Figure 1 -Green space and community facilities to be retained

I would encourage that the proposed land uses for Sub-Area 1, sections of Precinct 2 and sub-area 3 of precinct 3 be amended to focus on expanded public green space and community facilities. I believe the best way to achieve this would be for preferred land uses to include:

  • Park
  • Community facilities
  • Nature based tourism
  • Outdoor sport and recreation, and
  • Supporting ancillary uses

I believe that the best use of this land would be to expand the Parklands to account for the limited green space within the CBD.


Currently, there is no acknowledgement of the Traditional Owners of the land in the draft development scheme.  Roma Street Parklands is in the Turrbal nation and has been subject to massive colonialist works. The Parklands already feature mini-areas each with separate themes, and revitalisation presents a vital opportunity to reinvision some of the site. Any redevelopment should include engaging with local First Nations peoples to create an improved and inclusive space. I recommend that the State Government work closely with First Nations groups to incorporate meaningful reflection of the site’s history, and First Nations culture.


In addition to Roma Street Parklands, the proposed development should be considerate of the heritage assets in the area. While there are some overall outcomes considering the amenity of heritage sites, there are no development codes requiring that development be cohesive to the architectural stylings of the sites.

The Roma Street Railway Station building is on the Queensland Heritage Register, so any development in close vicinity should be required to include some traditional architectural aspects to complement the building, such as warm toned brick in the exterior or sunburst windows.


Development charges and offset plan

As this PDA is not under the jurisdiction of the Planning Act 2016, the cap on infrastructure charges is not in place. In 2011, the State government placed a cap on infrastructure charges that can be charged by local governments in State Planning Regulatory Provision (adopted charges) 2012. The maximum charges are outlined in the following table.



Maximum charge set in 2011 under State Planning Regulatory Provision (adopted charges) 2012

Maximum charge set in 2016 under Adopted Infrastructure Charges Schedule 2016

1 or 2 bedroom dwelling

$20 000


3 or more bedroom dwelling

$28 000



Since the cap on infrastructure charges has not notably increased for ten years, I would encourage an increase of infrastructure charges to be increased to at least double the maximum cost set under the Planning Act 2016. This would be a minimum of $40 000 for one-bedroom dwellings, $50 000 for two-bedroom dwellings and $60 000 for three or more bedroom dwellings. 


Community Concerns around Building Heights and Separations

The draft development scheme indicates that the area can be redeveloped with buildings up to 30 storeys (in the Roma St Gateway precinct). I support the development of residential dwellings close to transport hubs to function as transit oriented development. I’d urge the government to consider the impact that 30-storey buildings would have in close proximity to parkland. This needs to include consideration of shadowing and air flow. I feel that the provision of a minimum of 4-hours of solar access in winter months for Roma St Parklands is too low, and should be increased to 6-hours. Across the city, the provision of new dwellings could be met with medium-density developments, that are sympathetic to their surroundings, and with appropriate set-backs and separation, allowing for human-scale design that bring together density and amenity. To ensure solar access and permeability, building separation should be increased from a minimum of 10 metres to 20 metres.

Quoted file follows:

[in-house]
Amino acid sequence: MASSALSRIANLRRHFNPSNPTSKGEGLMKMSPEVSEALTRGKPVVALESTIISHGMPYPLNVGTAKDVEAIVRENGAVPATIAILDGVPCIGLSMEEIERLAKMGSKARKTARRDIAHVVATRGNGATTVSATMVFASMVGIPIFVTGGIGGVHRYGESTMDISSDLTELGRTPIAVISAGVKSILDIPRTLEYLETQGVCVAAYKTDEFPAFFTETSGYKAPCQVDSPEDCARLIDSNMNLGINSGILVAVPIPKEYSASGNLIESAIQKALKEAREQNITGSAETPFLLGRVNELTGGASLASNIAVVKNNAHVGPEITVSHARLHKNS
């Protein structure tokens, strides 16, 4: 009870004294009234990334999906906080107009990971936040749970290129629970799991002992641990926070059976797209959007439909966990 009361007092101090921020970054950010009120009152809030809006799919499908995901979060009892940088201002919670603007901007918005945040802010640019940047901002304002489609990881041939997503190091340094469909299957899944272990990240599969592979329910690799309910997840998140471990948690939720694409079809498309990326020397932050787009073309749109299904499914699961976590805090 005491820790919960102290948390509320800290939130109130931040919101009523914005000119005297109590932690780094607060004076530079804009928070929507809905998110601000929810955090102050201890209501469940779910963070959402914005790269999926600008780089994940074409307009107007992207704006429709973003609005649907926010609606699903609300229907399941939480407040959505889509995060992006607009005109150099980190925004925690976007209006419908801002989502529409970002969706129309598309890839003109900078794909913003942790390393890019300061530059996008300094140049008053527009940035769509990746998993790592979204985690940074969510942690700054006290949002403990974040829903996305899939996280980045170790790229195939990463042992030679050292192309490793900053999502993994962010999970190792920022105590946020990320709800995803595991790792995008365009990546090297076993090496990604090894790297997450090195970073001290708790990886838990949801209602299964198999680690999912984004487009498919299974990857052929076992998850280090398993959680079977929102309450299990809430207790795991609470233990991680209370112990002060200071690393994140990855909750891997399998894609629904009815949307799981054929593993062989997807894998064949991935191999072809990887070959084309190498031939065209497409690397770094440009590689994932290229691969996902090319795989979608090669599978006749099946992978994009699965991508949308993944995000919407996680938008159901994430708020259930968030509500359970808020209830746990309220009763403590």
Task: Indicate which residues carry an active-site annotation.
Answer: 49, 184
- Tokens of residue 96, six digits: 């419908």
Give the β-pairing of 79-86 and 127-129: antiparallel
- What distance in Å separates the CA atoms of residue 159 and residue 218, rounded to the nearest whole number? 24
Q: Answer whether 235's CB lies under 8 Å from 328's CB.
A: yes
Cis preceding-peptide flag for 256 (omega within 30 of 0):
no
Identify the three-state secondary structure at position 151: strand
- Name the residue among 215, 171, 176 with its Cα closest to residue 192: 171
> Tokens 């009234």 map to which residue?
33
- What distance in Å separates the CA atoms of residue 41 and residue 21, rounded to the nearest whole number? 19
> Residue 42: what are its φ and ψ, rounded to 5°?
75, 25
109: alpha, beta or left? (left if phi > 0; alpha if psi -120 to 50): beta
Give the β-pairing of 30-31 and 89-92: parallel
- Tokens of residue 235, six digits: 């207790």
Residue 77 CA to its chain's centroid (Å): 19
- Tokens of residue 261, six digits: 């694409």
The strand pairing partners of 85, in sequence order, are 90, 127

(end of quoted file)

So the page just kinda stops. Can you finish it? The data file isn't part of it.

Provision of Social Housing 

This PDA represents an opportunity for the government to invest in much needed social housing. There are around 47,036 people waiting for social housing in Queensland currently, and the draft development scheme notes that “the cumulative residential development in the PDA will exceed 1000 dwellings”. However, there is no indication that the government plan to invest in social housing on this site - the draft development scheme makes one reference to affordable housing (with regards to parking rates). The government should commit to ensuring that at least 50% of the dwellings on the site are social housing dwellings, including dwellings that can accommodate families. 


Loss of disability parking

A key concern for the community is the loss of existing  disability parking. The government needs to ensure that public access parking, suitable for people with disabilities, is included within the PDA, and at minimum, match the current number of disability parking spots. 


I trust these comments are helpful. Given the importance of these projects to residents in my area, I’m very happy to discuss anything contained in this submission with you. Please feel free to contact my office should you want to discuss in more detail.

Kind Regards,

Amy MacMahon

MP for South Brisbane